Nikon Df Field Test
Nikon Df Field Tests
By Eamon Hickey
Field Test Part I -- Initial thoughts
A great many moons ago, when I was fifteen, my mom and my uncle banded together and bought me the Christmas present I hardly dared hope for: a single-lens reflex camera. It was a lightly-used Minolta SRT-101 with a 50mm f/1.7 lens, a classic metal all-manual SLR. I loved it. Using its simple controls I learned to make pictures.
A decade or so later, while working in a camera store, I earned a Nikon N8008s -- also known as the F-801S -- as a sales incentive. Here was a different beast, with a slew of automatic capabilities and, more radically, a much different control system centered on push-buttons and a multi-function command dial. This new system was made necessary by the camera's dozens of adjustable settings. I took to the N8008s immediately and soon strongly preferred its controls, which made my photography both faster and more precise.
I mention this to sketch the background I bring to the Nikon Df, which its manufacturer sees not as a retro throwback, but as a new blend of the classic and modern. Is that blend a good idea? I've been a bit dubious ever since the camera was announced. At the same time, I was hoping that Nikon would pull it off.
Handling & controls. Straight out of the box, my first impression of the Nikon Df was -- well, it's thicker and bulkier than most classic film SLRs. But that's partly apples and oranges, because it would really only be true if those SLRs didn't have a motor drive attached, and they'd all require bulky ones to match the Df’s 5.5 frames-per-second burst mode. On the other side of the coin, the Df is a bit smaller than most 35mm full-frame DSLRs, and it's lighter than you'd expect. In my large-ish hands, it feels secure and comfortable to hold.
My next move was to start spinning the Nikon Df's old-school dials, which, even if I no longer prefer them, are delightful to behold. Although the feel and precision of the controls -- and of the body itself -- are perfectly decent, they don't quite live up to the premium price and intended aura of the Df. This had no effect on my shooting, but it's still mildly disappointing.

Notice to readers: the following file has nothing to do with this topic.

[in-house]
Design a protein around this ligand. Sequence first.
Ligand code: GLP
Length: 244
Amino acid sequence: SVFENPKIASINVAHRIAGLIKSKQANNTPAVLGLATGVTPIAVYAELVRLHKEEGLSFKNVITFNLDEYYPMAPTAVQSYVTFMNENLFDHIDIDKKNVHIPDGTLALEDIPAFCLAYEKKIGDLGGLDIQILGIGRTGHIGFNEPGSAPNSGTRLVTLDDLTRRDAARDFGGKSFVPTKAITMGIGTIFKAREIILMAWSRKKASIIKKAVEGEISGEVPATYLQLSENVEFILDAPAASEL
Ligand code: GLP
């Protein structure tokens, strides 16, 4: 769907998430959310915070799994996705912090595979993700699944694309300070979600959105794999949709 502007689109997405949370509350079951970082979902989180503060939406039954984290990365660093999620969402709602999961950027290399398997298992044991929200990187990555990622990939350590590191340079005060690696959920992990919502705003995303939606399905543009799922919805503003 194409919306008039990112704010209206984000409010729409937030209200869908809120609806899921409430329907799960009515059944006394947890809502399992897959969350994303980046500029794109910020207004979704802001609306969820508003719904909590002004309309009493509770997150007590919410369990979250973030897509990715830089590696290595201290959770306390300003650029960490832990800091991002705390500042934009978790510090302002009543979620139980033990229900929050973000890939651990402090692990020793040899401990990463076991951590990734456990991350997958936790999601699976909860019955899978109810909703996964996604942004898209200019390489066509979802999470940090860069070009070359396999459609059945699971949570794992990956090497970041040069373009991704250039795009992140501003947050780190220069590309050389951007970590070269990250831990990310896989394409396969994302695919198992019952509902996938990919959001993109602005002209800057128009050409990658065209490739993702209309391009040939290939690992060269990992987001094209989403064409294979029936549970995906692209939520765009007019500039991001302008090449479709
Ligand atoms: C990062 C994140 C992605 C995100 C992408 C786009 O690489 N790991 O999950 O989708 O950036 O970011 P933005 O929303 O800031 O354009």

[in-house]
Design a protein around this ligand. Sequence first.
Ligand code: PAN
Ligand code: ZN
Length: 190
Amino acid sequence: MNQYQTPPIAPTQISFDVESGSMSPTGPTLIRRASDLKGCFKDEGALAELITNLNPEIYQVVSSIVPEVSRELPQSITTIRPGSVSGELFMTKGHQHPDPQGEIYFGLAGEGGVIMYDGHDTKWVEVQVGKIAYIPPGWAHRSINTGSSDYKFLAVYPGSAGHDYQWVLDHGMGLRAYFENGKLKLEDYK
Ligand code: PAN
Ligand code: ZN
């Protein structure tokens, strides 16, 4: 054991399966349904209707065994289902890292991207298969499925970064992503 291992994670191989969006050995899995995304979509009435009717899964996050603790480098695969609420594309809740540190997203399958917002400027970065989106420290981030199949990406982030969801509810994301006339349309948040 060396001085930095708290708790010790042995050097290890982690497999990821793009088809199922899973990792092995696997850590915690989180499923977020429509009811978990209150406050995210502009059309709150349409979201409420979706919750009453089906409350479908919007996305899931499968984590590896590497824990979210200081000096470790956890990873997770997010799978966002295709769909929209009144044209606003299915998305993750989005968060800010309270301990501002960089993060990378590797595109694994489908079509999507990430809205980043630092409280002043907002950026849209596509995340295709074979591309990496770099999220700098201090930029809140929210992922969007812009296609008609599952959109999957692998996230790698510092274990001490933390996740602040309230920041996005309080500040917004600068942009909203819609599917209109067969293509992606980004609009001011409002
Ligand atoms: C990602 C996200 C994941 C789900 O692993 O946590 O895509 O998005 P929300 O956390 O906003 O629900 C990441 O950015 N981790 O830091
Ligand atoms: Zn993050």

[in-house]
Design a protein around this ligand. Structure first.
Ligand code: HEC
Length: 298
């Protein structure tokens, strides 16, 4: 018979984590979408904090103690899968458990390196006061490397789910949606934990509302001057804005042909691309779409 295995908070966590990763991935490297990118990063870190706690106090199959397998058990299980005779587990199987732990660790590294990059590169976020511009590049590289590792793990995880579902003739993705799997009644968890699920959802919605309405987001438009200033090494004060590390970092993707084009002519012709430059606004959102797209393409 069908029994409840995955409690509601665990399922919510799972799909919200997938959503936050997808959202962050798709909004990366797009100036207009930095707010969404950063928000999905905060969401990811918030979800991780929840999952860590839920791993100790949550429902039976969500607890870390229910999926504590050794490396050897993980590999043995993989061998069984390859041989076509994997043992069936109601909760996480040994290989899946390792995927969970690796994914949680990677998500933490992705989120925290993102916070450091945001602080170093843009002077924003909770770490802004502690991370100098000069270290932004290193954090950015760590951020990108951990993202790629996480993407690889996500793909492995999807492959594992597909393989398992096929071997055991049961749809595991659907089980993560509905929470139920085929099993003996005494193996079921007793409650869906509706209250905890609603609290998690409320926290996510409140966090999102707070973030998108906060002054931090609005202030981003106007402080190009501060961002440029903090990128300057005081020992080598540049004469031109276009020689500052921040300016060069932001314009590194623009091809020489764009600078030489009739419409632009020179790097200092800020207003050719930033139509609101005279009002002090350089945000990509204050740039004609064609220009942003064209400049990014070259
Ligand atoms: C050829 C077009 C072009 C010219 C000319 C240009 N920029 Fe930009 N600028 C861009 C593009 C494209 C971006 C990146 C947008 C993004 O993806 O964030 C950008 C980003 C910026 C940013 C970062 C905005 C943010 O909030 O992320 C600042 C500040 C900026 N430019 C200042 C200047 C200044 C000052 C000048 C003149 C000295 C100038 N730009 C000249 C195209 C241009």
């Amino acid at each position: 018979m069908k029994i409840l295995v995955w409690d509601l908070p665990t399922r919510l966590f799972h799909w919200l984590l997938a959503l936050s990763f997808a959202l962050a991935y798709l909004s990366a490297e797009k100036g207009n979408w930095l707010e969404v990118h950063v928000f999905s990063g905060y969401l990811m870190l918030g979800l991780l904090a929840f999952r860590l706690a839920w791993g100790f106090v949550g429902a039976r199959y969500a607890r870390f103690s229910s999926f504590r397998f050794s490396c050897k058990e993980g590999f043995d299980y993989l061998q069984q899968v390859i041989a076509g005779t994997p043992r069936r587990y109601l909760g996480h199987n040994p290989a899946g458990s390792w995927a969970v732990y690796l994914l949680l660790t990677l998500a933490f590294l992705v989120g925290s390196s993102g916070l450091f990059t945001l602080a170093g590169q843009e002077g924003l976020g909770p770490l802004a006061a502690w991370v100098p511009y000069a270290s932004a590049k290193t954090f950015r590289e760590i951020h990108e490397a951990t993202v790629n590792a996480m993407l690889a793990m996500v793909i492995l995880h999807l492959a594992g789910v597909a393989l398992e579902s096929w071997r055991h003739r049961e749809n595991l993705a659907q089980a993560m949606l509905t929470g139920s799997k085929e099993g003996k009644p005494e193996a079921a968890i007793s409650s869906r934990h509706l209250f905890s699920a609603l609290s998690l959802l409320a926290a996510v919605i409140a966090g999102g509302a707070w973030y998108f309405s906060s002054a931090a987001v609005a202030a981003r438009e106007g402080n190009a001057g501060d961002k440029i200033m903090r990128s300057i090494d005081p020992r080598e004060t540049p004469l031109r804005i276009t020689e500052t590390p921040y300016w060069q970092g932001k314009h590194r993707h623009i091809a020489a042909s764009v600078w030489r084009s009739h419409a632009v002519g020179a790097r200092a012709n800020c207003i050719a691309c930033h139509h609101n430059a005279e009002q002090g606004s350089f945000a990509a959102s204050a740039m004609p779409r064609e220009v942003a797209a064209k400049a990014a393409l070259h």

After a quick run through the Nikon Df's menus to set the camera up, I spent some time figuring out how I would interact with its unique control system. My test unit came with the new AF-S NIKKOR 50mm f/1.8G (Special Edition), which doesn't have an aperture ring, so I would be using the vertically oriented front command dial to change f-stops. Within a couple of minutes, it was clear to me that I wasn't going to love using the Df -- but, by the same token, that it wasn't going to make me miserable either.
And that's exactly how it turned out when I took the Nikon Df on a walk around my neighborhood. Shooting in Aperture-priority mode, I found the front command dial to be usable, but not as good as more typical dials on other high-end DSLRs. I like to shoot in Aperture-priority and make heavy use of exposure compensation. On the Df, the exposure compensation dial requires you to press a locking button to make a change. It can be done by feel without taking your eye off the viewfinder, but it's still slower and less convenient to use than most exposure compensation controls on modern, advanced DSLRs.
I took my walk with the Nikon Df in the late afternoon of a rainy day. The waning light required some ISO sensitivity adjustments, and this setting, too, is controlled by a locking dial. This dial, however, is a real pain. Because of the position of the locking button, you really have to take the camera away from your eye and do some finger gymnastics to change ISO. I neither love nor hate the Df's other dial controls, but the ISO dial was an actual impediment to my shooting.
In the hand & initial performance thoughts. My first outing with the Df may have left me lukewarm, at best, about its control design, but I was pleasantly surprised by how comfortable and trouble-free it was to shoot with once the settings were dialed in. I was using the AF-ON button for activating autofocus, and it, as well as the shutter release, were simple to find by feel. With plenty of room on the body, button spacing is very good, and I had no problems with accidental control activations. The dedicated exposure bracketing button on the front of the camera made it quick and easy to activate and adjust bracketing, a big plus in my book.
My last impression from that first shoot with the Nikon Df was that it -- like other high end Nikon and Canon DSLRs I've used -- is a very sure picture-taking machine. As I shot images of passers-by, storefronts, and even burgundy couches out on the sidewalk in the rain (in New York one disposes of almost anything, even unwanted furniture, by simply piling it up on the sidewalk), the Df's performance was excellent. Focusing was fast and decisive, and shutter delay was minimal. Control response was instant, and bracketed sequences fired off very quickly. Some of the Df's settings can't be changed quite as quickly as I prefer, but once it's set, this camera is plenty responsive.